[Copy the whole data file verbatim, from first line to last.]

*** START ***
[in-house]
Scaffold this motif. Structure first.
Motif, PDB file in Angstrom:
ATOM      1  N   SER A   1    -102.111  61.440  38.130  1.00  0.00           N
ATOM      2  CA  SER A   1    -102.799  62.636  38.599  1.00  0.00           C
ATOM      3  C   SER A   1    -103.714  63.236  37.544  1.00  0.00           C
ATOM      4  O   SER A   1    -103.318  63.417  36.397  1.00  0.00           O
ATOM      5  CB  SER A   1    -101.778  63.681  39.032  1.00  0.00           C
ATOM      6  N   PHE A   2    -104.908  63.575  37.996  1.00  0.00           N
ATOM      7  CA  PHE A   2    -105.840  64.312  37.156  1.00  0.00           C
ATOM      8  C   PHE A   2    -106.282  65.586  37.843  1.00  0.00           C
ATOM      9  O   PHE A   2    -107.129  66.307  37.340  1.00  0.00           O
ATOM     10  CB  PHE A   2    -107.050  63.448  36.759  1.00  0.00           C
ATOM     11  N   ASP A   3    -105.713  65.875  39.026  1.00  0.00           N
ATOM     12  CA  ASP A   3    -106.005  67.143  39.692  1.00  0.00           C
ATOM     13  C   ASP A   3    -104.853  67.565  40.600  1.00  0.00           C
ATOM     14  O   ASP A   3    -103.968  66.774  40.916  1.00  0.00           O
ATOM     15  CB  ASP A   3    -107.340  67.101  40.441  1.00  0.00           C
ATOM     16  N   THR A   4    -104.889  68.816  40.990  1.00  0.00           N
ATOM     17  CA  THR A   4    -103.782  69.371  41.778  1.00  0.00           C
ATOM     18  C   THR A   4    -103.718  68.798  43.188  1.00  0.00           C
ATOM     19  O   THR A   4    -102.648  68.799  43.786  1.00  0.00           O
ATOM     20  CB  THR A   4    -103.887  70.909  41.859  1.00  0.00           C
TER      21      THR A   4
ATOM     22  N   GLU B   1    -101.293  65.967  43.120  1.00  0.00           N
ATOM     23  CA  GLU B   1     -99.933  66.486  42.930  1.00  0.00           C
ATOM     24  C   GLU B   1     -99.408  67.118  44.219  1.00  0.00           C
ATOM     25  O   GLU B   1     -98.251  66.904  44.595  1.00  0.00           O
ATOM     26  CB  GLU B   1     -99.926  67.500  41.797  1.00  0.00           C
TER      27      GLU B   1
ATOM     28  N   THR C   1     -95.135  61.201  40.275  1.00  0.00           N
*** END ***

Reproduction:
[in-house]
Scaffold this motif. Structure first.
Motif, PDB file in Angstrom:
ATOM      1  N   SER A   1    -102.111  61.440  38.130  1.00  0.00           N
ATOM      2  CA  SER A   1    -102.799  62.636  38.599  1.00  0.00           C
ATOM      3  C   SER A   1    -103.714  63.236  37.544  1.00  0.00           C
ATOM      4  O   SER A   1    -103.318  63.417  36.397  1.00  0.00           O
ATOM      5  CB  SER A   1    -101.778  63.681  39.032  1.00  0.00           C
ATOM      6  N   PHE A   2    -104.908  63.575  37.996  1.00  0.00           N
ATOM      7  CA  PHE A   2    -105.840  64.312  37.156  1.00  0.00           C
ATOM      8  C   PHE A   2    -106.282  65.586  37.843  1.00  0.00           C
ATOM      9  O   PHE A   2    -107.129  66.307  37.340  1.00  0.00           O
ATOM     10  CB  PHE A   2    -107.050  63.448  36.759  1.00  0.00           C
ATOM     11  N   ASP A   3    -105.713  65.875  39.026  1.00  0.00           N
ATOM     12  CA  ASP A   3    -106.005  67.143  39.692  1.00  0.00           C
ATOM     13  C   ASP A   3    -104.853  67.565  40.600  1.00  0.00           C
ATOM     14  O   ASP A   3    -103.968  66.774  40.916  1.00  0.00           O
ATOM     15  CB  ASP A   3    -107.340  67.101  40.441  1.00  0.00           C
ATOM     16  N   THR A   4    -104.889  68.816  40.990  1.00  0.00           N
ATOM     17  CA  THR A   4    -103.782  69.371  41.778  1.00  0.00           C
ATOM     18  C   THR A   4    -103.718  68.798  43.188  1.00  0.00           C
ATOM     19  O   THR A   4    -102.648  68.799  43.786  1.00  0.00           O
ATOM     20  CB  THR A   4    -103.887  70.909  41.859  1.00  0.00           C
TER      21      THR A   4
ATOM     22  N   GLU B   1    -101.293  65.967  43.120  1.00  0.00           N
ATOM     23  CA  GLU B   1     -99.933  66.486  42.930  1.00  0.00           C
ATOM     24  C   GLU B   1     -99.408  67.118  44.219  1.00  0.00           C
ATOM     25  O   GLU B   1     -98.251  66.904  44.595  1.00  0.00           O
ATOM     26  CB  GLU B   1     -99.926  67.500  41.797  1.00  0.00           C
TER      27      GLU B   1
ATOM     28  N   THR C   1     -95.135  61.201  40.275  1.00  0.00           N